A Woman with A Knife: The Story of Lucretia

If you see a woman with a knife in a painting – think of Lucretia. She was an ancient Roman heroine whose fate played a vital role in the transition from the Roman Kingdom to the Roman Republic. Her suicide after having been raped by an Etruscan king’s son was the immediate cause of the anti-monarchist rebellion that overthrew the monarchy.

The Origin of the Story

The story of Lucretia is primarily derived from ancient Roman historical and literary sources. The earliest known account of Lucretia’s story comes from Livy’s History of Rome, written in the 1st century BC. Other ancient Roman authors, including Dionysius of Halicarnassus and Ovid, also wrote about the story of Lucretia.

Lucrezia and the Tragic Story of Sextus Tarquinius’ Visit to Collatia

Lucretia in Art: Sandro Botticelli, The Story Of Lucretia, 1496-1505, Isabella Stewart Gardner Museum, Boston, MA, USA.

The story goes like this: Lucius Tarquinius Superbus, the last king of Rome, being engaged in the siege of Ardea, sent his son, Sextus Tarquinius, on a military errand to Collatia. Sextus was received with great hospitality at the governor’s mansion, home of Lucius Tarquinius Collatinus. Lucretia was Collatinus’ wife, who received him as an honored guest.

Lucretia’s Fateful Night with Sextus Tarquinius

Lucretia in Art: Rembrandt van Rijn, Lucretia, 1666, Minneapolis Institute of Art, Minneapolis, MN, USA.

But, at night Sextus entered her bedroom by stealth, quietly going around the slaves who were sleeping at her door. She awakened. He introduced himself and offered her two choices: she would submit to his sexual advances and become his wife and future queen, or he would kill her and one of her slaves and place the bodies together, then claim he had caught her having adulterous sex.

Lucretia’s Tragic End: Seeking Justice and Reclaiming Honor

Lucretia: Titian, Tarquin And Lucretia, 1571, Fitzwilliam Museum, Cambridge, UK.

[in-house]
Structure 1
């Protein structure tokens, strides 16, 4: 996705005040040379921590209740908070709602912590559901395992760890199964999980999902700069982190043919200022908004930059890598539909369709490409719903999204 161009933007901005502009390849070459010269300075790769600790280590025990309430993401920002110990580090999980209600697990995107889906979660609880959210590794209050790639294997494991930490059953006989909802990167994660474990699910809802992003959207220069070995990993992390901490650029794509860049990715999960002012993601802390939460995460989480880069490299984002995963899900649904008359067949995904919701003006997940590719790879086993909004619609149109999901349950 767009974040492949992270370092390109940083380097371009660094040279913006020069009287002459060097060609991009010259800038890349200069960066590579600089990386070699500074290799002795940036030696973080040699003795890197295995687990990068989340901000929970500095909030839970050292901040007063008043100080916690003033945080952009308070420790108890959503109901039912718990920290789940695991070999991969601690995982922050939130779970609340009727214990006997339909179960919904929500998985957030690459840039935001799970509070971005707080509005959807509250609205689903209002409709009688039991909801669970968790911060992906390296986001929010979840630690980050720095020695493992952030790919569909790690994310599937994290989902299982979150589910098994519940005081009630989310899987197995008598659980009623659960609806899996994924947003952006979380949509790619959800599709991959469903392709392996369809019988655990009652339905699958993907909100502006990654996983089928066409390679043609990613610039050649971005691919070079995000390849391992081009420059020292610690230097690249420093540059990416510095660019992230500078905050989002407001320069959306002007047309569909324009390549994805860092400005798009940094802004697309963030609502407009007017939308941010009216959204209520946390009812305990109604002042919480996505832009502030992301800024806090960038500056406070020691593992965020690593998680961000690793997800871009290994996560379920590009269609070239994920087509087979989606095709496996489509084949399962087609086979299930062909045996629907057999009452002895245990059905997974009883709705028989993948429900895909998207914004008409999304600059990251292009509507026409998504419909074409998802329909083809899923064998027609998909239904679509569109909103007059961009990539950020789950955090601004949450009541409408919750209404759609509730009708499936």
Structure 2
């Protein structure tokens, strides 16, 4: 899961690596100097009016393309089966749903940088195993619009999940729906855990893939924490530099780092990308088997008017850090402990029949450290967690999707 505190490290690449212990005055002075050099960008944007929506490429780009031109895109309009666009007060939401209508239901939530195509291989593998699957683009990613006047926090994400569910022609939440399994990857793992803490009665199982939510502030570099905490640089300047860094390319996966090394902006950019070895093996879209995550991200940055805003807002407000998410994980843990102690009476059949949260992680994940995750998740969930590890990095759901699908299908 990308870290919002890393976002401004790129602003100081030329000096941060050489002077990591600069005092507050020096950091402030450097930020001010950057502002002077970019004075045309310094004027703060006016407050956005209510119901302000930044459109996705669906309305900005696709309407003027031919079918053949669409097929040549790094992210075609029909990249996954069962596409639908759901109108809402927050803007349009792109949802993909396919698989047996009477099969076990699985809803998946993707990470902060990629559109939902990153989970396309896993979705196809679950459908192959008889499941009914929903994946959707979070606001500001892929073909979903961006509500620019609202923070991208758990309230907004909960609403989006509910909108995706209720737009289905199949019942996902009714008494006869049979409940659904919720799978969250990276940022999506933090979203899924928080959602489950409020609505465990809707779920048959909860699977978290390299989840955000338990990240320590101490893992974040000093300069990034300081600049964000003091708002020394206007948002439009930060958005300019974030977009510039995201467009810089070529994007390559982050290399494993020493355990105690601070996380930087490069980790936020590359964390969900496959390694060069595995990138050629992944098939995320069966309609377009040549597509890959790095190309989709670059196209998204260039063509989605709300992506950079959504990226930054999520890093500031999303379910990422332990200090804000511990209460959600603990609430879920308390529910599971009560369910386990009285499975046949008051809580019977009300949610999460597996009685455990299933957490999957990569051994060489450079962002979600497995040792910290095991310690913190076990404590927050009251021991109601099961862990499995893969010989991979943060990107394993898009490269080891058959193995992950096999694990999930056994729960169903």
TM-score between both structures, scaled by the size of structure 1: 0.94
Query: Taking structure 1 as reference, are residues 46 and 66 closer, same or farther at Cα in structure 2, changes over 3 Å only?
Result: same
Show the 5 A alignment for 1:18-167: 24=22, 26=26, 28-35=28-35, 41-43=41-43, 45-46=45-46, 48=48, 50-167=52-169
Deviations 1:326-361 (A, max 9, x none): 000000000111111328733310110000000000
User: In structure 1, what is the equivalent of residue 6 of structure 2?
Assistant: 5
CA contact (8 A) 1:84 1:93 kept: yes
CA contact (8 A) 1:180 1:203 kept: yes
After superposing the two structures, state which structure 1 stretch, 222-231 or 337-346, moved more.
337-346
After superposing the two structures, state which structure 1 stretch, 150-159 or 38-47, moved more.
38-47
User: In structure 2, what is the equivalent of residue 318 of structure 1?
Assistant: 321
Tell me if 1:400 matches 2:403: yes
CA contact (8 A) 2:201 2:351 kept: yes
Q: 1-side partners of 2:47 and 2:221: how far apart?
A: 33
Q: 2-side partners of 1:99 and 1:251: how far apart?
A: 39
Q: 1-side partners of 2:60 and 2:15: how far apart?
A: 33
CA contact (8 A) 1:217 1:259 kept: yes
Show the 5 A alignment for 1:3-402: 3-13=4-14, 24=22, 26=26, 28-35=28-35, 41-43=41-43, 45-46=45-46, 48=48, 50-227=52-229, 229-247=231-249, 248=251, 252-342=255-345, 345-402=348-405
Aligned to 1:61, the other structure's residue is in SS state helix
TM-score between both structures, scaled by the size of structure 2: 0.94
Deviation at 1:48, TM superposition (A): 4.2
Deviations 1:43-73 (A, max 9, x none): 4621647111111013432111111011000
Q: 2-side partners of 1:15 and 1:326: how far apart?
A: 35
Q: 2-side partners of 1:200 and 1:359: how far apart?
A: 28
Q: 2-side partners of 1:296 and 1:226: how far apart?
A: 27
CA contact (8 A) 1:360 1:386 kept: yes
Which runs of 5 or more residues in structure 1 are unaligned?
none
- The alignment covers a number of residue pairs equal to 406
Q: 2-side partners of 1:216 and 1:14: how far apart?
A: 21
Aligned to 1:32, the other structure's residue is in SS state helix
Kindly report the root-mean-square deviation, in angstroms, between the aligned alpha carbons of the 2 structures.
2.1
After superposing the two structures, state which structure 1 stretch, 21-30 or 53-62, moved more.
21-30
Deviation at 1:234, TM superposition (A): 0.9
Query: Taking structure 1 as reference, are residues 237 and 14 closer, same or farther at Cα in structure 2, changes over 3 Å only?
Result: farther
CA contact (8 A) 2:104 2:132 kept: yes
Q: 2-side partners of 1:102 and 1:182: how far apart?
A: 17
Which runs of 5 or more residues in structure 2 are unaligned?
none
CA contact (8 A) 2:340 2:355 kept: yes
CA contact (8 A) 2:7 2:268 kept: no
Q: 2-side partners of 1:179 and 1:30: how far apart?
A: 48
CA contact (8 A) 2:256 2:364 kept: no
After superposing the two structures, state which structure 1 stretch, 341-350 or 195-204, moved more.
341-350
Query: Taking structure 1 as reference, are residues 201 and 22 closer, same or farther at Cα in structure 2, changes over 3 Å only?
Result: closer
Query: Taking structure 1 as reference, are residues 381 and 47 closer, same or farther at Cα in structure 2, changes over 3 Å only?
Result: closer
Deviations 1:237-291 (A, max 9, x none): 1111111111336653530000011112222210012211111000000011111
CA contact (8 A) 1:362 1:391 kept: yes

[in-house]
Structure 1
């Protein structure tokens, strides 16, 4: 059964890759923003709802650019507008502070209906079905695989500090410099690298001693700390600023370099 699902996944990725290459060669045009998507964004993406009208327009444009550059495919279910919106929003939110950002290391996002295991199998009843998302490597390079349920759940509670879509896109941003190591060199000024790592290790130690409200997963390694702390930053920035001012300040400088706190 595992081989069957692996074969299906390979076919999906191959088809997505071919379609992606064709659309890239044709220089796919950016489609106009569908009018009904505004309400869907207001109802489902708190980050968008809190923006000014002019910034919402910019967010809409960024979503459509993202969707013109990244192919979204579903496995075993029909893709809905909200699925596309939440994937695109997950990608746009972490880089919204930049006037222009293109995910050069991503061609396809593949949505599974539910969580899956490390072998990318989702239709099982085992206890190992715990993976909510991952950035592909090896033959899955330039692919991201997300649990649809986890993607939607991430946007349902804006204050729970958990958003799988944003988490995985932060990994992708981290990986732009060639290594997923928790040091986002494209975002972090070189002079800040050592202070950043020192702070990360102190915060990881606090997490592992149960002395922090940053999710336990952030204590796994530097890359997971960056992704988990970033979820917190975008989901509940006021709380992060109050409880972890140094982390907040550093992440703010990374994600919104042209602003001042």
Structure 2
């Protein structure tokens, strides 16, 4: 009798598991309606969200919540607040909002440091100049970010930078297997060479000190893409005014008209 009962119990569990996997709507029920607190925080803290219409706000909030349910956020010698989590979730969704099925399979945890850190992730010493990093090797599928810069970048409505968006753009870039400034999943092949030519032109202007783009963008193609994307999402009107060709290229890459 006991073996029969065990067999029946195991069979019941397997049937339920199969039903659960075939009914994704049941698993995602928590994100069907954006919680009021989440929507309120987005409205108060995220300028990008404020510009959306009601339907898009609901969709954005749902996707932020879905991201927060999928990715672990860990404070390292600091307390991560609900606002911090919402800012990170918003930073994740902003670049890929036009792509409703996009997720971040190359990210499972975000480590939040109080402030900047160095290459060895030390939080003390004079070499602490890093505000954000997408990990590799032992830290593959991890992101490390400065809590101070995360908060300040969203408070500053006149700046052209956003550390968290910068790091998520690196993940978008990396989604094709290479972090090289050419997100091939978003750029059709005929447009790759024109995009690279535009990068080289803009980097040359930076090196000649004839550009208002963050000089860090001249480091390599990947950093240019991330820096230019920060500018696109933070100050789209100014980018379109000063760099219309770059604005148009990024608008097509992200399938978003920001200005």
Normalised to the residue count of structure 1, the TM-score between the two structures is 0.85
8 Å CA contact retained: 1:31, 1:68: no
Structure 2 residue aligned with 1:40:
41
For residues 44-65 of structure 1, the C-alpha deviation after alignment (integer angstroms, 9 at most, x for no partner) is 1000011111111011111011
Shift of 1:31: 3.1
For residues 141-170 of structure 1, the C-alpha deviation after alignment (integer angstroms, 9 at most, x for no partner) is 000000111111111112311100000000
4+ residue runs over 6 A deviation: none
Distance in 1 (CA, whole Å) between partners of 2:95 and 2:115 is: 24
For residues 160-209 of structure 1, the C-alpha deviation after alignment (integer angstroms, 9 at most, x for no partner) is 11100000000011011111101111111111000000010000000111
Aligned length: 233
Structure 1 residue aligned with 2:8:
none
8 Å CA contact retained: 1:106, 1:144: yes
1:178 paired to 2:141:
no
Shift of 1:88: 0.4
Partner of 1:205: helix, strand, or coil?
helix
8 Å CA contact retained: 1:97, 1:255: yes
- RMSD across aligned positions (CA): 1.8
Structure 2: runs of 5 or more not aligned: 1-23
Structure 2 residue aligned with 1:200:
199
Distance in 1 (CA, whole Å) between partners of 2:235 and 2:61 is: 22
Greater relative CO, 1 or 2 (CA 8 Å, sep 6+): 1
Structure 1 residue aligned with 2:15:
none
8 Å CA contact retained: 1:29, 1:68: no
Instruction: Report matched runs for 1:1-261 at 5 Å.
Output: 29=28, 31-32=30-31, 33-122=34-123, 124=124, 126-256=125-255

The next day Lucretia dressed in black and went to her father’s house in Rome and cast herself down in the supplicant’s position, weeping. Being asked to explain herself, she insisted on summoning witnesses first and then she confessed what happened. She called on him for vengeance, a plea that could not be ignored. While the magistrate of Rome was debating how to react, she drew a concealed dagger and stabbed herself in the heart, determined to end her life to reclaim her honor.

Lucretia’s Death Ignites a Cry for Liberty

Artemisia Gentileschi, Lucretia. c. 1621, Palazzo Cattaneo-Adorno, Genoa, Italy.

She died in her father’s arms, with the women present keening and lamenting. This dreadful scene struck the Romans who were present with so much horror and compassion that they all cried out with one voice that they would rather die a thousand deaths in defense of their liberty than suffer such outrages to be committed by the tyrants.

Lucretia’s Tragic Fate Sparks the Birth of the Roman Republic

Lucretia: Lucas Cranach The Elder, The Suicide of Lucretia, 1525-30, Staatliche Museen, Kassel, Germany.

Overwhelmed by grief and anger, Lucretia’s father, her husband, and two accompanying friends swore to avenge her death. Lucretia’s rape and death triggered a revolt that led to overthrowing the monarchical tyranny and the creation of the Roman Republic.

Lucretia’s Tragic Story in Art

Lorenzo Lotto, Portrait of a Woman inspired by Lucretia, ca. 1530-1533, The National Gallery, London, UK. Wikimedia (public domain).

Since the Renaissance, the suicide of Lucretia has been an enduring subject for visual artists. Most commonly, either the moment of the rape is shown or Lucretia alone at the moment of her suicide. In either situation, her clothing is loosened or absent, while Tarquin is normally clothed.

Lucretia has been the subject of some of the most famous paintings by Renaissance artists, including Titian, Botticelli, Rembrandt, and Lotto. The story of Lucretia has also inspired later artists, like Artemisia Gentileschi, who portrayed a powerful and emotional scene of Lucretia’s suicide. These artworks reflect changing attitudes toward themes of honor, virtue, and gender throughout history.

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